So now that the Unholy Gods have crept back to their crypt for another slumber, I can only imagine what God Destruction will release upon the masses next. I was kind of doubting that God Destruction would be able to create three near-perfect albums in a row, but I was wrong to have that doubt. Not only have they released a third consecutive exemplary  - and most likely award winning - album, but they have brought my interest back to the harsh electro world. And for this, I award God Destruction's Redentor a solid 9 out of 10. They fucking earned it. 
5
Brutal Resonance

God Destruction - Redentor

Do you feel that? The Earth's crust is cracking open. The skies are filling with ash as the smell of brimstone spreads in the air while hellfire and ancient Satanic demons are awakened from a deep slumber. The damned throne of the vicious menace that has brought Hell-on-Earth rises from the inferno as steps lead down to magma filled pits. And up these stairs rises the three Kings of the Underworld, giving their unholy damnation to the world through shocking harsh EBM and eviscerating black metal. These three otherworldly demons are known as God Destruction.

God Destruction initially launched their career in 2009 but really started when they released Satan Before To Destroy The World and VI:VI:VI in 2010, both of which were demo tracks. Nonetheless the demos were powerful enough to draw the attention of fans and critics alike, allowing them to get signed to the now defunct Engraved Ritual for their 2012 hit album Illuminatus. Not only did the album mark the huge uprise for the Mexican outfit, but it also marked one of the most important albums in the Harsh EBM/aggrotech scene. The songs were long and brutal, but had five to six interchanging segments per song unlike the constant dance loop that still plagues the scene today.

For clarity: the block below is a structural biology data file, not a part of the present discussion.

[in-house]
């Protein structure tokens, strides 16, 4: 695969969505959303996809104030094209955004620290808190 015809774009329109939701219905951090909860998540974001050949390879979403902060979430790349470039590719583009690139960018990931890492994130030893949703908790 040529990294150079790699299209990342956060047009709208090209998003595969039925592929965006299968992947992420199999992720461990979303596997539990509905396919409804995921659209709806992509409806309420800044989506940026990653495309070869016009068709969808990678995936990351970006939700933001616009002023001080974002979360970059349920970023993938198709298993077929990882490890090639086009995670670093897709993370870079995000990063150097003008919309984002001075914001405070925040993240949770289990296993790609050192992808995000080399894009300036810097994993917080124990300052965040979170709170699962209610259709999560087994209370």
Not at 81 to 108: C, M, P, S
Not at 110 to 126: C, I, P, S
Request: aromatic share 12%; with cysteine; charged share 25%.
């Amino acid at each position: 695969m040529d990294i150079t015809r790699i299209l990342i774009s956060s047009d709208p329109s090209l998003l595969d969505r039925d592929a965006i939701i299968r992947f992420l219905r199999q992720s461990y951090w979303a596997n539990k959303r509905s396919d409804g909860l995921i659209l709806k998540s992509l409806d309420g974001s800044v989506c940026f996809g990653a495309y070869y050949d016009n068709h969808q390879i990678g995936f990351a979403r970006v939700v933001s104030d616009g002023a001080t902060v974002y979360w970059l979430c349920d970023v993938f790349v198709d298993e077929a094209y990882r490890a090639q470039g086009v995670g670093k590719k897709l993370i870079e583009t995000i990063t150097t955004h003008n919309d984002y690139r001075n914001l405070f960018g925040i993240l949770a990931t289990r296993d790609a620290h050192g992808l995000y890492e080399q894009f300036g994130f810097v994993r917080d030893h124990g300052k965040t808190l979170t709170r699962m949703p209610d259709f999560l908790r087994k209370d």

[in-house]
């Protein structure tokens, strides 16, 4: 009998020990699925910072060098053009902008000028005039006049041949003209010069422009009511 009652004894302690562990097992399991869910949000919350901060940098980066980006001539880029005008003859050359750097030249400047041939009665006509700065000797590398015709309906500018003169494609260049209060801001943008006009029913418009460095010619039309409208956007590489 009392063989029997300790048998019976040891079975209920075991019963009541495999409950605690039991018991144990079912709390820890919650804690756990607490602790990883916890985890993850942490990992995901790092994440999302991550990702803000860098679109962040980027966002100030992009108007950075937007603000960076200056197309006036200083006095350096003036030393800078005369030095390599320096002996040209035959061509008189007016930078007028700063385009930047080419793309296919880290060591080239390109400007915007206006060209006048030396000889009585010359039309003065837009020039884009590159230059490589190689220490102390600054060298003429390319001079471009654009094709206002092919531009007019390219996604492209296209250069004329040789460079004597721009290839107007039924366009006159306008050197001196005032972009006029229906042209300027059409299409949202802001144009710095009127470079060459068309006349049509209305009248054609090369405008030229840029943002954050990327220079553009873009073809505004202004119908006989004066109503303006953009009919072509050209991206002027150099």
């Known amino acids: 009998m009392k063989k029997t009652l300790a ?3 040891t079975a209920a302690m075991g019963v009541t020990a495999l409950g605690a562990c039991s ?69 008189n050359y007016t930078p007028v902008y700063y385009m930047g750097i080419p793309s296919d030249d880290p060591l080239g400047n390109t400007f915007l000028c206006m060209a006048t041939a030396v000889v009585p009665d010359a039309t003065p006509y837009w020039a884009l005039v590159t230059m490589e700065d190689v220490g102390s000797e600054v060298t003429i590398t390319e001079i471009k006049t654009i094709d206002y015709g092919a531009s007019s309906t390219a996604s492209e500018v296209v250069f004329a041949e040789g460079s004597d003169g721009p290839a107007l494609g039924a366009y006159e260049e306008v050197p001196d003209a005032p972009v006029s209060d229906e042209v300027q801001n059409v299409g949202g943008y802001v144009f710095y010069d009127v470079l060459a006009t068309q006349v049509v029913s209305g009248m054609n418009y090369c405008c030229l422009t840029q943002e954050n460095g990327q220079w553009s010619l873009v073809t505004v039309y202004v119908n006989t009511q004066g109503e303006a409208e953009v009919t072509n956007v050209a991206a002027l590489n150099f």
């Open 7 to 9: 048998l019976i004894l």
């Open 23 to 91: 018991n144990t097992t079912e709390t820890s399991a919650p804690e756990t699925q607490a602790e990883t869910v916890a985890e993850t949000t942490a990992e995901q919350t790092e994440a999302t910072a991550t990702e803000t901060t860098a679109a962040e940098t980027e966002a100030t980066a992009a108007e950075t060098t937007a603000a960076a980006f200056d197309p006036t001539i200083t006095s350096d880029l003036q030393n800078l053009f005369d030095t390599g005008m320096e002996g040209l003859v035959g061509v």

After Engraved Ritual fell down off the face of the Earth and God Destruction were planning to release yet another album, they were approached by another now-fallen label: Juggernaut Music Group. With attention already on them, God Destruction released Novus Ordo Seclorum through the label. The album was much more raw than their previous efforts, really homing in on black metal inspired anthems. Another two years has passed since then, and God Destruction are ready to give birth to another antichrist: Redentor.